I had a doctor’s appointment, I think it was in December, and ... when I came back and they told me that I was—[my supervisor,] Chris [Hargrove,] told me that I was going to be wrote up for that, for missing that—for missing that day that I went to the doctor’s. I had asked him again , I mean, there has got to be something easier here . I have seen you—I have been here for 14 years. I know—you know, I could check bolts on the cars, I could check—I can go to final fit, work final fit . I mean, you have moved people all over the plant before I know ...

And [Hargrove]—he said, "I feel for you, but my hands are tied. You know, there is pretty much nothing I can do."

A reasonable factfinder could conclude that these interactions constituted a request for accommodation, including both for specific transfers (to a bolt-checking position or to final fit) and for "assistance in identifying jobs for which [Fisher] could qualify." Burns , 222 F.3d at 258 ; see also Smith , 376 F.3d at 535.

Nissan was therefore obliged to take three steps: (1) "identify the full range of alternative positions for which the individual satisfies the employer’s legitimate, nondiscriminatory prerequisites"; (2) "determine whether the employee’s own knowledge, skills, and abilities would enable her to perform the essential functions of any of those alternative positions, with or without reasonable accommodations"; and (3) "consider transferring the employee to any of these other jobs, including those that would represent a demotion." Burns , 222 F.3d at 257 (quoting Dalton v. Subaru-Isuzu Auto., Inc. , 141 F.3d 667, 678 (7th Cir. 1998) ). For example, in Burns itself, the employee was not qualified for the clerical position he requested, so the employer invited him to interview for a sales position. Id. at 251. There is no evidence in the record of comparable attempts by Nissan to identify suitable alternative positions for Fisher.

Nissan now submits that there was no suitable position. In particular, Nissan focuses on one of Fisher’s requests, to be a so-called "offline" worker. Offline workers substitute for employees who need to step away from the production line for any reason, such as for a bathroom break. But Fisher conceded during his deposition both that "there was no opening" for an offline position and that he had been denied such a position "years ago" because he lacked seniority. Either admission suffices to deem that request unreasonable. First, if there was no opening, the position was not "vacant," as required by 42 U.S.C. § 12111(9)(B). C.f. Rorrer v. City of Stow , 743 F.3d 1025, 1044 (6th Cir. 2014) ; Hoskins v. Oakland Cty. Sheriff’s Dep’t , 227 F.3d 719, 729 (6th Cir. 2000). And second, it is not "reasonable in the run of cases" for a disability-related request for accommodation to "trump the rules of a seniority system." U.S. Airways , 535 U.S. at 403, 122 S.Ct. 1516. Fisher has not shown any "special circumstances" (such as the employer’s failure to abide by its seniority system), see id. at 405, 122 S.Ct. 1516, that could overcome that general proposition.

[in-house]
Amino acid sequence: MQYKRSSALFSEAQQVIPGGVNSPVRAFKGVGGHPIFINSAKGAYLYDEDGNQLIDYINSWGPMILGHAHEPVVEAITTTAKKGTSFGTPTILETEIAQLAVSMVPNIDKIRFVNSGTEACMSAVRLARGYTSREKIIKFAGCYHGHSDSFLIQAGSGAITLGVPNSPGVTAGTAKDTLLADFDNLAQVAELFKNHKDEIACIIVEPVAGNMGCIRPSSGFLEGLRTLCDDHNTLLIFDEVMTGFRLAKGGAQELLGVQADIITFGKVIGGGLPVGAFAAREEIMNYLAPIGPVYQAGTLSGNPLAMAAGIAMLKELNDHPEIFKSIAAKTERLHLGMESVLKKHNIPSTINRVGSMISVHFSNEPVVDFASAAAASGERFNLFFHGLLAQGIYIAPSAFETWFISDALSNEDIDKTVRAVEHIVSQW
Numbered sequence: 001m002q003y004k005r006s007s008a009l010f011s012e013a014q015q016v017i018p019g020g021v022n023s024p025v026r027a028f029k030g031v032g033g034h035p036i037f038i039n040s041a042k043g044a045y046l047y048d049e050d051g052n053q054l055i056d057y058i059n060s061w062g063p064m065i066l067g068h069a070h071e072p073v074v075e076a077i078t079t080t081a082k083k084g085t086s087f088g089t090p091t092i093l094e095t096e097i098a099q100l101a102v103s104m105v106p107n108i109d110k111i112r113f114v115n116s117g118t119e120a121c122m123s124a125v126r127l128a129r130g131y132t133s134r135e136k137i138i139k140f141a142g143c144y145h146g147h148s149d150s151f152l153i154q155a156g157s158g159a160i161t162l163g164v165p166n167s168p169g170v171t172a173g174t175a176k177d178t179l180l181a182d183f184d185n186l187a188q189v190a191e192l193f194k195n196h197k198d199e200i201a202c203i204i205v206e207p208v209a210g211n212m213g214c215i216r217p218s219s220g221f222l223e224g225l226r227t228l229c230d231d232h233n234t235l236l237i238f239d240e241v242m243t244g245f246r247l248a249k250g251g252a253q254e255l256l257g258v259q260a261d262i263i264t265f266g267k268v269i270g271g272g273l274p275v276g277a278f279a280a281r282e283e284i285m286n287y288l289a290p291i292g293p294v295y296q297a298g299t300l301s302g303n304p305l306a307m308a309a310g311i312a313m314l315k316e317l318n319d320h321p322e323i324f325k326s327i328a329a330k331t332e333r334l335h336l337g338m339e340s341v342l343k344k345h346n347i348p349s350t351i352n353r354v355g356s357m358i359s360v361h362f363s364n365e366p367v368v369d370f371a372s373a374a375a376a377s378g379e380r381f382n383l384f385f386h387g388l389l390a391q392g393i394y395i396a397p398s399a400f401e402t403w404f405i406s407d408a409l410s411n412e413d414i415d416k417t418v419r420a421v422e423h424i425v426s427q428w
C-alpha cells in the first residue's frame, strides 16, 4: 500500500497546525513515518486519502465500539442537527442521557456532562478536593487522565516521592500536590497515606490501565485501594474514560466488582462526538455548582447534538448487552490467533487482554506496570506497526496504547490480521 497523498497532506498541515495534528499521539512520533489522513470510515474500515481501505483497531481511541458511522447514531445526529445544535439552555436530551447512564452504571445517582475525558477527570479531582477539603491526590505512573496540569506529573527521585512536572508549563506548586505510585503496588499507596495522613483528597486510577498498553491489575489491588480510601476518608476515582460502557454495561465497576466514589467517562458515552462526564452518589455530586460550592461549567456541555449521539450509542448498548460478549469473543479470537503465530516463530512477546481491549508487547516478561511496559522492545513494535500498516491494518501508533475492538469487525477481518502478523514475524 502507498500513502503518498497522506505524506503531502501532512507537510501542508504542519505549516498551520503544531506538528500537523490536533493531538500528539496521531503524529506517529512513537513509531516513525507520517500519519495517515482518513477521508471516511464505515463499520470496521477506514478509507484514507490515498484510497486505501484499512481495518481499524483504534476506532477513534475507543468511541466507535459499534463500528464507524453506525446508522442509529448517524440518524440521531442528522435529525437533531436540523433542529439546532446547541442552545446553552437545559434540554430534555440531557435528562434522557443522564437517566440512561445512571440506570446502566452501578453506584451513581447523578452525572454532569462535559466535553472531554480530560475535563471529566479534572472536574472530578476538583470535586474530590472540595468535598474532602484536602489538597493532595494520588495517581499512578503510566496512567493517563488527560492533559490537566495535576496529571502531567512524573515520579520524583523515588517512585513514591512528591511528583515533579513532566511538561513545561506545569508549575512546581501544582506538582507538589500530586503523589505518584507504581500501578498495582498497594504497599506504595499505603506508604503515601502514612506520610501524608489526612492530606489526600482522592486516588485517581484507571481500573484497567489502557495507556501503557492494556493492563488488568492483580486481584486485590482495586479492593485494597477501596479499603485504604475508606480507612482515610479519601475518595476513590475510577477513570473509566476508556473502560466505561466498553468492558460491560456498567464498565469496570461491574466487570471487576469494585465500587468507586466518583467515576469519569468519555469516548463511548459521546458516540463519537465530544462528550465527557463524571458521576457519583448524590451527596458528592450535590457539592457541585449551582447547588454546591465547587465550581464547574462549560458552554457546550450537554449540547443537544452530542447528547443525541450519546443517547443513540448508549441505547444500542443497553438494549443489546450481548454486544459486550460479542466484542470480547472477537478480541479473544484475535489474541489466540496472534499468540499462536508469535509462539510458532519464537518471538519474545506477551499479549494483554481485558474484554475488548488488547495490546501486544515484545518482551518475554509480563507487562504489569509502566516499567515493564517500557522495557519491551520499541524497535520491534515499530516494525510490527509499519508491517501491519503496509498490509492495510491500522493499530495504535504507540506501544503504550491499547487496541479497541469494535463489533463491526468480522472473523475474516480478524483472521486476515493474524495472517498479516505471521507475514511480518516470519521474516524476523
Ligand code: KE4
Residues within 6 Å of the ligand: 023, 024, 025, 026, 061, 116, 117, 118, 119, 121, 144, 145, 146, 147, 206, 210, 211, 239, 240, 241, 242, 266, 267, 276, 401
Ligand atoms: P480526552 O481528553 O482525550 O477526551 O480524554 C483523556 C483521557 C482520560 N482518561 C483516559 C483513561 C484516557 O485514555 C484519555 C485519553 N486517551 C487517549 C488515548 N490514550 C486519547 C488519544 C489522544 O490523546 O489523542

But in his request for accommodation, Fisher identified other positions, such as checking bolts or moving to final fit. Seniority rules did not bar such a transfer; Fisher knew of an employee junior to him who checked bolts and hoods. Like that junior employee, Fisher indicated that he was qualified to inspect vehicles, a position apparently less challenging than the jobs he had worked for more than a decade. And Fisher insisted that he could have been placed in a position checking bolts when he requested the move. The record contains no evidence to the contrary, much less any evidence showing that final fit was full or that all other inspection positions were occupied. A factfinder could therefore credit Fisher’s statement that there were vacant positions.